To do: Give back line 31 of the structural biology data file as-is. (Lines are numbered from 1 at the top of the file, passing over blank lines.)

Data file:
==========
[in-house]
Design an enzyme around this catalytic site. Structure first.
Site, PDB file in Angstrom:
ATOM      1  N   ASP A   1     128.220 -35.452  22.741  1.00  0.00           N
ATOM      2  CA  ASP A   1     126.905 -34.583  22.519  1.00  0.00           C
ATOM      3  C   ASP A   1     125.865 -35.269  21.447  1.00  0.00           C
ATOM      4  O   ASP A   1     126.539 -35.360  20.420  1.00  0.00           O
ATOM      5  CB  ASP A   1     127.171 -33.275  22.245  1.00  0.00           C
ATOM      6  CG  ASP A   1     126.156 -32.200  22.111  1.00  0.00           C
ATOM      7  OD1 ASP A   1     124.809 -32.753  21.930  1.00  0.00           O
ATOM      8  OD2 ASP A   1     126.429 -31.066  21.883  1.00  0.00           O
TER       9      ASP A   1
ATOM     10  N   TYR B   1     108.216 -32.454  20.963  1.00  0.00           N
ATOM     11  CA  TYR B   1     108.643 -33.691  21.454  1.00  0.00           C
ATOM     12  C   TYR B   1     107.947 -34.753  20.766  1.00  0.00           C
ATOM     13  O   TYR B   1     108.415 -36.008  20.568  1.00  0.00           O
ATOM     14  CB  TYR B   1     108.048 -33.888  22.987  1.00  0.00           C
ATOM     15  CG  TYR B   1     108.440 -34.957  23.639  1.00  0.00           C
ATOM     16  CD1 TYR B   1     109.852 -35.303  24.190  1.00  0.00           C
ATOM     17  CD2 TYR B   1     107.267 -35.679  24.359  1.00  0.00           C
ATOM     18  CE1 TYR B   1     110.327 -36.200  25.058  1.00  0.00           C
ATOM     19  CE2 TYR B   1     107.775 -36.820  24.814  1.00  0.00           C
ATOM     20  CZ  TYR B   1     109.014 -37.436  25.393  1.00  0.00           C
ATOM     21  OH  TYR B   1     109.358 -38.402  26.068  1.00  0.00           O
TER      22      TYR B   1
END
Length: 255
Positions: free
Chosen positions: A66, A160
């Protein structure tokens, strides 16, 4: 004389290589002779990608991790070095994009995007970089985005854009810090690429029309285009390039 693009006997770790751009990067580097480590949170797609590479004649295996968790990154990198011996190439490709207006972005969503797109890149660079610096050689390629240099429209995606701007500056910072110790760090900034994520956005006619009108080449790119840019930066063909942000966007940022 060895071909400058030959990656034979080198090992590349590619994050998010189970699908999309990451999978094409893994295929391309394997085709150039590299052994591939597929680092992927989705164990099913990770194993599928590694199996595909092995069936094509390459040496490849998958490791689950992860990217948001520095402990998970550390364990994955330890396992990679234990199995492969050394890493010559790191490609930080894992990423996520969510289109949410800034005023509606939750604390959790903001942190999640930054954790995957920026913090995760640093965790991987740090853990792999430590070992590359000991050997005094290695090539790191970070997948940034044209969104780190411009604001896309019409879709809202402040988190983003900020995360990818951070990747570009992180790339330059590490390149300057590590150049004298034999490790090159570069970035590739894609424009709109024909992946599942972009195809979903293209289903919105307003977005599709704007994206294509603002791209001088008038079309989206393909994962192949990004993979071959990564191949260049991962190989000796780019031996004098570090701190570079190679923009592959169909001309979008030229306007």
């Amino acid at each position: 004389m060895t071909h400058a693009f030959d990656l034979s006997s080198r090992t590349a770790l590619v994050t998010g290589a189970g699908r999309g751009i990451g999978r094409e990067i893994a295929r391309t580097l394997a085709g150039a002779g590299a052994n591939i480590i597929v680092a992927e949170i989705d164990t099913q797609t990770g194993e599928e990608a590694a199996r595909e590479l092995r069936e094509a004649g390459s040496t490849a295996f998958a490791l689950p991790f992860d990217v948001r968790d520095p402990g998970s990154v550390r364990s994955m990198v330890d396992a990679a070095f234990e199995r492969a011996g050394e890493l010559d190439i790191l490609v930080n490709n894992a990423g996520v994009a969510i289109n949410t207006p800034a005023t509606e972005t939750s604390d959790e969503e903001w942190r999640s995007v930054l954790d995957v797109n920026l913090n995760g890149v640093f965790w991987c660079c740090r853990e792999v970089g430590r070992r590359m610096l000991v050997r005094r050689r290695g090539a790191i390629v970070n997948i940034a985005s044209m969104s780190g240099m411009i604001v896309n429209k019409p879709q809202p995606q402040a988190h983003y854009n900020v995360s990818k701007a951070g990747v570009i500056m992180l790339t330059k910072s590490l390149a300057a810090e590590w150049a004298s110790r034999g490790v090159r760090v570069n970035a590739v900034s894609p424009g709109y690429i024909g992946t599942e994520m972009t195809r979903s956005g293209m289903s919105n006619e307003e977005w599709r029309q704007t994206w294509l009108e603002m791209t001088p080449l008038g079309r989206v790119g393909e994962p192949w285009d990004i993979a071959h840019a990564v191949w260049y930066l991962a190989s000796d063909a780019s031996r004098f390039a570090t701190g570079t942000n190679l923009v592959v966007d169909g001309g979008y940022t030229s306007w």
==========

């Amino acid at each position: 004389m060895t071909h400058a693009f030959d990656l034979s006997s080198r090992t590349a770790l590619v994050t998010g290589a189970g699908r999309g751009i990451g999978r094409e990067i893994a295929r391309t580097l394997a085709g150039a002779g590299a052994n591939i480590i597929v680092a992927e949170i989705d164990t099913q797609t990770g194993e599928e990608a590694a199996r595909e590479l092995r069936e094509a004649g390459s040496t490849a295996f998958a490791l689950p991790f992860d990217v948001r968790d520095p402990g998970s990154v550390r364990s994955m990198v330890d396992a990679a070095f234990e199995r492969a011996g050394e890493l010559d190439i790191l490609v930080n490709n894992a990423g996520v994009a969510i289109n949410t207006p800034a005023t509606e972005t939750s604390d959790e969503e903001w942190r999640s995007v930054l954790d995957v797109n920026l913090n995760g890149v640093f965790w991987c660079c740090r853990e792999v970089g430590r070992r590359m610096l000991v050997r005094r050689r290695g090539a790191i390629v970070n997948i940034a985005s044209m969104s780190g240099m411009i604001v896309n429209k019409p879709q809202p995606q402040a988190h983003y854009n900020v995360s990818k701007a951070g990747v570009i500056m992180l790339t330059k910072s590490l390149a300057a810090e590590w150049a004298s110790r034999g490790v090159r760090v570069n970035a590739v900034s894609p424009g709109y690429i024909g992946t599942e994520m972009t195809r979903s956005g293209m289903s919105n006619e307003e977005w599709r029309q704007t994206w294509l009108e603002m791209t001088p080449l008038g079309r989206v790119g393909e994962p192949w285009d990004i993979a071959h840019a990564v191949w260049y930066l991962a190989s000796d063909a780019s031996r004098f390039a570090t701190g570079t942000n190679l923009v592959v966007d169909g001309g979008y940022t030229s306007w």